Political writer James Cusick worked on a North Sea oil platform during his early 20s, and has reported on the major successes and disasters of an industry which remains economically important to Scotland and the UK. But is the North Sea facing a new fight over who controls safety? Has it become a political battleground revealing just how difficult Brexit is going to be?
Over the last 40 years almost 70 million people have flown in helicopters between the mainland and offshore oil and gas rigs in the UK side of the North Sea. That works out at over 8 million flights ferrying a skilled workforce from mainly Scottish airports over some of the most treacherous seas in the world.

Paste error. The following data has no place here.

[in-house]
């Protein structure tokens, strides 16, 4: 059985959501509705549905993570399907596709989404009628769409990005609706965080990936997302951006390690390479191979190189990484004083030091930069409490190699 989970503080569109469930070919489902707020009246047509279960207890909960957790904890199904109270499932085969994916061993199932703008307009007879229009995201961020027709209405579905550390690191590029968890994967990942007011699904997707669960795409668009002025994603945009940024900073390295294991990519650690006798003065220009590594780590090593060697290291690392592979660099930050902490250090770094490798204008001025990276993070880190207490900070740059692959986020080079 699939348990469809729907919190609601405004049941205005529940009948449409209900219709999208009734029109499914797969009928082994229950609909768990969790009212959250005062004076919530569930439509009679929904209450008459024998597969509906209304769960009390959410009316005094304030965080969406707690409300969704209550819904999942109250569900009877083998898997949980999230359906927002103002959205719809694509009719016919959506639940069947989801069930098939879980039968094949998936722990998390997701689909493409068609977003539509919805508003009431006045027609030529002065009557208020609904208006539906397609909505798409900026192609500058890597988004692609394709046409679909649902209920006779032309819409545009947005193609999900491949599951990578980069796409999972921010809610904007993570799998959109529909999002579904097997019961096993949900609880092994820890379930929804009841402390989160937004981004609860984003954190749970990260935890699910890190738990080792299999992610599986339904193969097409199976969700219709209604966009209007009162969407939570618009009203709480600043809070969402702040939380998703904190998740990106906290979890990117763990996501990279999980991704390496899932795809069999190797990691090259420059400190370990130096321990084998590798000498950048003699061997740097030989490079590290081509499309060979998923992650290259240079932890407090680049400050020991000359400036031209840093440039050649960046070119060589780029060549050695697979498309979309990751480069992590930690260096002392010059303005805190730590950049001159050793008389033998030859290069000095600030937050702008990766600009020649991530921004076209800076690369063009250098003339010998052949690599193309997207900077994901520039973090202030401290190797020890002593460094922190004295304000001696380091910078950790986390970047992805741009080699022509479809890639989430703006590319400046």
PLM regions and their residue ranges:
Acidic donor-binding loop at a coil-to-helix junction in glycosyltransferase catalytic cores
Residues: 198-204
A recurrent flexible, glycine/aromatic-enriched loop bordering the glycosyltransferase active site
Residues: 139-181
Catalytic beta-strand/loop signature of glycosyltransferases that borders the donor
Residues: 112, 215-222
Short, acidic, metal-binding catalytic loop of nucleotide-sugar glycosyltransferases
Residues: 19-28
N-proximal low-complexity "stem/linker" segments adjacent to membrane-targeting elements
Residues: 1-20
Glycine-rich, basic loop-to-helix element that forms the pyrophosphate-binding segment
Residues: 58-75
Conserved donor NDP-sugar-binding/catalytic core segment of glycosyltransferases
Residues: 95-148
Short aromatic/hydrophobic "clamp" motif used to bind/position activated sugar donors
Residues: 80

In the early 1980s, I contributed to these statistics when working on one of the deep-water platforms. Before each trip I remember an adrenalin-fed focus that took in every word of the flight safety briefing. That’s still how it’s done, even for seasoned oil-workers.
Over those last four decades, accidents have claimed the lives of around 130 oil staff and flight crew. While the total fatal and non-fatal accidents is short of 100, this number offers little comfort if getting to work involves using a helicopter with a safety record you believe has been compromised.